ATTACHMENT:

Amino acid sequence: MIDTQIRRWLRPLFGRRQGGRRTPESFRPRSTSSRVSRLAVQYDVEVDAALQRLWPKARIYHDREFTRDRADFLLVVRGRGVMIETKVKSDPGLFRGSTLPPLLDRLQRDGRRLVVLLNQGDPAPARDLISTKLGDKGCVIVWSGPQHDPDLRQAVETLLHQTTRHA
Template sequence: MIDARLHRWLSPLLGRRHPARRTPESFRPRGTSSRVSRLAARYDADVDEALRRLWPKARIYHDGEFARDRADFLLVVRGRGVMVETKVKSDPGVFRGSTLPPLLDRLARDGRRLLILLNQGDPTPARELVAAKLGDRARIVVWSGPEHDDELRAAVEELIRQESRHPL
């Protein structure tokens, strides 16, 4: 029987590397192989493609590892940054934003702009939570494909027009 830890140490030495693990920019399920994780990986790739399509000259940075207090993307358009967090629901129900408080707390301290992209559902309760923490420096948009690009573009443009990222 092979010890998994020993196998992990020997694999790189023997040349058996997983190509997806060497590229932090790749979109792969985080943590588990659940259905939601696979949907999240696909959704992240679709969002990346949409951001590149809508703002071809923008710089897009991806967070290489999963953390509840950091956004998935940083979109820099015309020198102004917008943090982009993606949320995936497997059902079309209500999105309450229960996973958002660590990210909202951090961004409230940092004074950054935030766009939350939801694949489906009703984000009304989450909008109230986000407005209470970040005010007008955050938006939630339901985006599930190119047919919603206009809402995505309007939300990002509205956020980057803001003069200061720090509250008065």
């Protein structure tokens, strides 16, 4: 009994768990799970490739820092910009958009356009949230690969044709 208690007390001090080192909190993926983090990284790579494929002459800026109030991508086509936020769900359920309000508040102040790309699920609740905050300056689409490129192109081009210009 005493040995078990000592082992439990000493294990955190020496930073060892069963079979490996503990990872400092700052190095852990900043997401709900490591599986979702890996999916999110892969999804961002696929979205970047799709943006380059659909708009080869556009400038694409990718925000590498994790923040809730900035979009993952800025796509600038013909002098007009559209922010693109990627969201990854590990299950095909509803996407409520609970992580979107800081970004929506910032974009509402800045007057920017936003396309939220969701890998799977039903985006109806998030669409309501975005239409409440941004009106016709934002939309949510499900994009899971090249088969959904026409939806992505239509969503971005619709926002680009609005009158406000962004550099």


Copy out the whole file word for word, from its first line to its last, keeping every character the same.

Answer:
Amino acid sequence: MIDTQIRRWLRPLFGRRQGGRRTPESFRPRSTSSRVSRLAVQYDVEVDAALQRLWPKARIYHDREFTRDRADFLLVVRGRGVMIETKVKSDPGLFRGSTLPPLLDRLQRDGRRLVVLLNQGDPAPARDLISTKLGDKGCVIVWSGPQHDPDLRQAVETLLHQTTRHA
Template sequence: MIDARLHRWLSPLLGRRHPARRTPESFRPRGTSSRVSRLAARYDADVDEALRRLWPKARIYHDGEFARDRADFLLVVRGRGVMVETKVKSDPGVFRGSTLPPLLDRLARDGRRLLILLNQGDPTPARELVAAKLGDRARIVVWSGPEHDDELRAAVEELIRQESRHPL
């Protein structure tokens, strides 16, 4: 029987590397192989493609590892940054934003702009939570494909027009 830890140490030495693990920019399920994780990986790739399509000259940075207090993307358009967090629901129900408080707390301290992209559902309760923490420096948009690009573009443009990222 092979010890998994020993196998992990020997694999790189023997040349058996997983190509997806060497590229932090790749979109792969985080943590588990659940259905939601696979949907999240696909959704992240679709969002990346949409951001590149809508703002071809923008710089897009991806967070290489999963953390509840950091956004998935940083979109820099015309020198102004917008943090982009993606949320995936497997059902079309209500999105309450229960996973958002660590990210909202951090961004409230940092004074950054935030766009939350939801694949489906009703984000009304989450909008109230986000407005209470970040005010007008955050938006939630339901985006599930190119047919919603206009809402995505309007939300990002509205956020980057803001003069200061720090509250008065």
């Protein structure tokens, strides 16, 4: 009994768990799970490739820092910009958009356009949230690969044709 208690007390001090080192909190993926983090990284790579494929002459800026109030991508086509936020769900359920309000508040102040790309699920609740905050300056689409490129192109081009210009 005493040995078990000592082992439990000493294990955190020496930073060892069963079979490996503990990872400092700052190095852990900043997401709900490591599986979702890996999916999110892969999804961002696929979205970047799709943006380059659909708009080869556009400038694409990718925000590498994790923040809730900035979009993952800025796509600038013909002098007009559209922010693109990627969201990854590990299950095909509803996407409520609970992580979107800081970004929506910032974009509402800045007057920017936003396309939220969701890998799977039903985006109806998030669409309501975005239409409440941004009106016709934002939309949510499900994009899971090249088969959904026409939806992505239509969503971005619709926002680009609005009158406000962004550099």